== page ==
4 Steps To Repair And Upgrade The Foundation Of Your Old Garage
Your detached garage needs a solid and undamaged foundation to help keep it standing strong, just as your home needs a proper foundation. If your old garage has begun to sink into the surrounding ground, you can save and restore the entire garage by raising it to pour a new foundation. This will allow you to replace your garage's derelict or nonexistent foundation without tearing down the entire garage structure. Once you have lifted your garage, here are four steps to restore and upgrade your garage's foundation so it can last for many more years.
Pour New Footings
Many older garages were not originally built on a concrete foundation, but directly onto the bare dirt. This practice will usually result in your garage's wooden base rotting from the ground's moisture over the decades. New footings will give your garage the stability it needs and keep it up and off the moist ground.
As soon as your garage structure has been supported and lifted from the ground, you can dig the trench for your new foundation footings. You will need to dig the footing trenches below grade according to your area's code. This will protect your footings from having frost damage occur during the winters.
For a one-story wood frame garage, you will need a footing foundation that is at least sixteen inches wide. This will provide support to the weight of your one-level garage on soil that has a load bearing value of at least 1500 pounds per square foot.
Preparing the Foundation Surface
After you have framed and poured the concrete footings and allowed them to cure, you can prepare your garage's foundation for radiant heating and pouring the concrete slab.
Smooth the surface of the ground where you will pour your concrete to make sure the concrete slab is level. It is also a good idea to layer under-concrete insulation, a vapor barrier and metal rebar or concrete wire mesh over the surface of the level ground, in this order. The insulation will keep the cold from the frozen soil from permeating into the concrete and increase the radiant heat's effectiveness. The vapor barrier will keep the moisture from coming up into the concrete and causing damage to it. And, the concrete mesh will strengthen and reinforce your concrete slab and prevent it from cracking.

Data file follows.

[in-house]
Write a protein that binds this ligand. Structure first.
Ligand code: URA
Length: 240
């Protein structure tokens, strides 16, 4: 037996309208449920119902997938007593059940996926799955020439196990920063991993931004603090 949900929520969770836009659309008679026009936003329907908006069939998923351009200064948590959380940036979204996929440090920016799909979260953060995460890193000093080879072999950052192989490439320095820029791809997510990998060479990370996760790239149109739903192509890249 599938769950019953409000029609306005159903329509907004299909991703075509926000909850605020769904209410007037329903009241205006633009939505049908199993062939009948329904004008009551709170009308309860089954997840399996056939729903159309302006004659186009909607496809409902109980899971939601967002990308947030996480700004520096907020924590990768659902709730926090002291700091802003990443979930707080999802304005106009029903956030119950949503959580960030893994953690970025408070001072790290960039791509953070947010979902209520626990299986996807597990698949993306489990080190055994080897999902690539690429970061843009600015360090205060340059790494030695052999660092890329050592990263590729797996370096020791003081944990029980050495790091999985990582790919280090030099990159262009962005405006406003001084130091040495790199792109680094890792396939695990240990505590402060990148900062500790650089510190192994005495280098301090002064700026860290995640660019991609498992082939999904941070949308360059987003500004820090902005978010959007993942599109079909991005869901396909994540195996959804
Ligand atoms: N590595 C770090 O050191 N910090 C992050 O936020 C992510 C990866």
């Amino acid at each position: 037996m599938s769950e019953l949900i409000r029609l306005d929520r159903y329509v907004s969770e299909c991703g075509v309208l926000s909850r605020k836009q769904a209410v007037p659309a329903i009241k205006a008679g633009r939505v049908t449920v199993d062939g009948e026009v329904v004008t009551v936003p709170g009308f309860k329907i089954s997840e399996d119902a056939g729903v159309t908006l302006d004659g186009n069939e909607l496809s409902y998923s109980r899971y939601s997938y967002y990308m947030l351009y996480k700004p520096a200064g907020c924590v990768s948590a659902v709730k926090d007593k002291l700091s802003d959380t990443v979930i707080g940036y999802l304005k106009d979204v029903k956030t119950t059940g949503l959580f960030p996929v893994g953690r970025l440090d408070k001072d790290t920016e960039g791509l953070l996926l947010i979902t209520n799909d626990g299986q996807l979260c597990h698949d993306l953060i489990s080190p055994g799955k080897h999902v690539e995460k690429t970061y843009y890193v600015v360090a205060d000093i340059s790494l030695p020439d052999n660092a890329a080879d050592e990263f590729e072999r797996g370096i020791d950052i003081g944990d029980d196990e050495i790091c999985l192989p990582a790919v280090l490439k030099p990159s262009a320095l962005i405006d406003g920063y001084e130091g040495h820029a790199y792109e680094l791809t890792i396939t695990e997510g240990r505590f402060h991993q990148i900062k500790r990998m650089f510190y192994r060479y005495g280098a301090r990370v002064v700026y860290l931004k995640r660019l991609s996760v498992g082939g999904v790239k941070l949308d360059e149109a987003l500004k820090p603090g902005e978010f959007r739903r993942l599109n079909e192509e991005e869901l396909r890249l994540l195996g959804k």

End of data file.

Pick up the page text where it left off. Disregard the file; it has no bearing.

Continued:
Install Radiant Floor Heating
Position the radiant heating wires across your concrete-ready surface, attached to the metal mesh. Space them according to their manufacturer's recommendations.
Radiant heating in your garage will provide you with a comfortable work area during the winter. The heat from the radiant system will radiate upwards from the ground, effectively heating your entire garage without using a fan. A fan can circulate dust around the inside of your garage, leaving a fine layer over the surface of your vehicles, tools, and other toys.
Pour New Concrete Slab
If you are going to install any drains in your garage's new foundation, you will need to lay and position the drainage pipes before you pour the concrete. Then, make sure you frame and pour your concrete foundation slab so it has a slight incline, sloping downward from the back of the garage to the entrance at least 1/8 inch per foot. This will give your garage a double drainage capability so water does not pool on your garage floor.
Your new concrete foundation needs to be poured at least four inches thick. You will need to pour a slab thicker than four inches if you plan to store a lot of heavy machinery equipment in your garage.
Don't forget these four steps when you are giving your old garage a new and improved foundation. If you need help with the project, work with an experienced foundation repair company like Abalon Construction.